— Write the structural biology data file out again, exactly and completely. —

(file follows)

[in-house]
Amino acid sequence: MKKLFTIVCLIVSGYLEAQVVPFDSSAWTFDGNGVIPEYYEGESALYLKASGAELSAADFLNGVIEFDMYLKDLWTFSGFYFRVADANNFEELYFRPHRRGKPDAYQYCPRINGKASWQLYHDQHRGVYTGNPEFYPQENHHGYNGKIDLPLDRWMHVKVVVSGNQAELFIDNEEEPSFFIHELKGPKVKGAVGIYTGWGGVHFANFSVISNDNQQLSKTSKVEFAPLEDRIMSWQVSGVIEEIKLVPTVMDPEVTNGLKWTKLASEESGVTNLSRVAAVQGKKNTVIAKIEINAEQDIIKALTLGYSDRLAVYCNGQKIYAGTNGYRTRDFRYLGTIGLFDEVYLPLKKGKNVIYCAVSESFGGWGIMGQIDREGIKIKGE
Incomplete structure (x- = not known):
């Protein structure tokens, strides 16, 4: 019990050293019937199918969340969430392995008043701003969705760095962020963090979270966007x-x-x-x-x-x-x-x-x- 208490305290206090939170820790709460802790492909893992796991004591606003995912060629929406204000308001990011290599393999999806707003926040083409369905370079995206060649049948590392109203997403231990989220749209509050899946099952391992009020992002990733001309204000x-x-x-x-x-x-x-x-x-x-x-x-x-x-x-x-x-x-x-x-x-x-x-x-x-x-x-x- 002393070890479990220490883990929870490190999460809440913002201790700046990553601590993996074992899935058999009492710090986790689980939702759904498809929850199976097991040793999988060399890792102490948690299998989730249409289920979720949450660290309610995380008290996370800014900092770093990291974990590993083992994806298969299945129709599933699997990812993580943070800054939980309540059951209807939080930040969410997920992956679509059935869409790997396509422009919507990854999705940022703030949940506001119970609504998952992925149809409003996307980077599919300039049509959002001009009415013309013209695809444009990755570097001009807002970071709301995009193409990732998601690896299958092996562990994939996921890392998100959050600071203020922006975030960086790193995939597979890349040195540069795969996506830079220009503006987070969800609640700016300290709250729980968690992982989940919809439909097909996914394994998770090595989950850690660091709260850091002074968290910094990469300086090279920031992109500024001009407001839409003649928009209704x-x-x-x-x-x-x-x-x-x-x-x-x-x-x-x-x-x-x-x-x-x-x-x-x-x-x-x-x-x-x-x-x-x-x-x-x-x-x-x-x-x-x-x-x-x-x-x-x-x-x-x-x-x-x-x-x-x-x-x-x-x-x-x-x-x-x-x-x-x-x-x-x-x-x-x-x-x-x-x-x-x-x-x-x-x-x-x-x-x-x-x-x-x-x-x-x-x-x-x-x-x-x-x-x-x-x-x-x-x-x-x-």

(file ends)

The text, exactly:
[in-house]
Amino acid sequence: MKKLFTIVCLIVSGYLEAQVVPFDSSAWTFDGNGVIPEYYEGESALYLKASGAELSAADFLNGVIEFDMYLKDLWTFSGFYFRVADANNFEELYFRPHRRGKPDAYQYCPRINGKASWQLYHDQHRGVYTGNPEFYPQENHHGYNGKIDLPLDRWMHVKVVVSGNQAELFIDNEEEPSFFIHELKGPKVKGAVGIYTGWGGVHFANFSVISNDNQQLSKTSKVEFAPLEDRIMSWQVSGVIEEIKLVPTVMDPEVTNGLKWTKLASEESGVTNLSRVAAVQGKKNTVIAKIEINAEQDIIKALTLGYSDRLAVYCNGQKIYAGTNGYRTRDFRYLGTIGLFDEVYLPLKKGKNVIYCAVSESFGGWGIMGQIDREGIKIKGE
Incomplete structure (x- = not known):
């Protein structure tokens, strides 16, 4: 019990050293019937199918969340969430392995008043701003969705760095962020963090979270966007x-x-x-x-x-x-x-x-x- 208490305290206090939170820790709460802790492909893992796991004591606003995912060629929406204000308001990011290599393999999806707003926040083409369905370079995206060649049948590392109203997403231990989220749209509050899946099952391992009020992002990733001309204000x-x-x-x-x-x-x-x-x-x-x-x-x-x-x-x-x-x-x-x-x-x-x-x-x-x-x-x- 002393070890479990220490883990929870490190999460809440913002201790700046990553601590993996074992899935058999009492710090986790689980939702759904498809929850199976097991040793999988060399890792102490948690299998989730249409289920979720949450660290309610995380008290996370800014900092770093990291974990590993083992994806298969299945129709599933699997990812993580943070800054939980309540059951209807939080930040969410997920992956679509059935869409790997396509422009919507990854999705940022703030949940506001119970609504998952992925149809409003996307980077599919300039049509959002001009009415013309013209695809444009990755570097001009807002970071709301995009193409990732998601690896299958092996562990994939996921890392998100959050600071203020922006975030960086790193995939597979890349040195540069795969996506830079220009503006987070969800609640700016300290709250729980968690992982989940919809439909097909996914394994998770090595989950850690660091709260850091002074968290910094990469300086090279920031992109500024001009407001839409003649928009209704x-x-x-x-x-x-x-x-x-x-x-x-x-x-x-x-x-x-x-x-x-x-x-x-x-x-x-x-x-x-x-x-x-x-x-x-x-x-x-x-x-x-x-x-x-x-x-x-x-x-x-x-x-x-x-x-x-x-x-x-x-x-x-x-x-x-x-x-x-x-x-x-x-x-x-x-x-x-x-x-x-x-x-x-x-x-x-x-x-x-x-x-x-x-x-x-x-x-x-x-x-x-x-x-x-x-x-x-x-x-x-x-």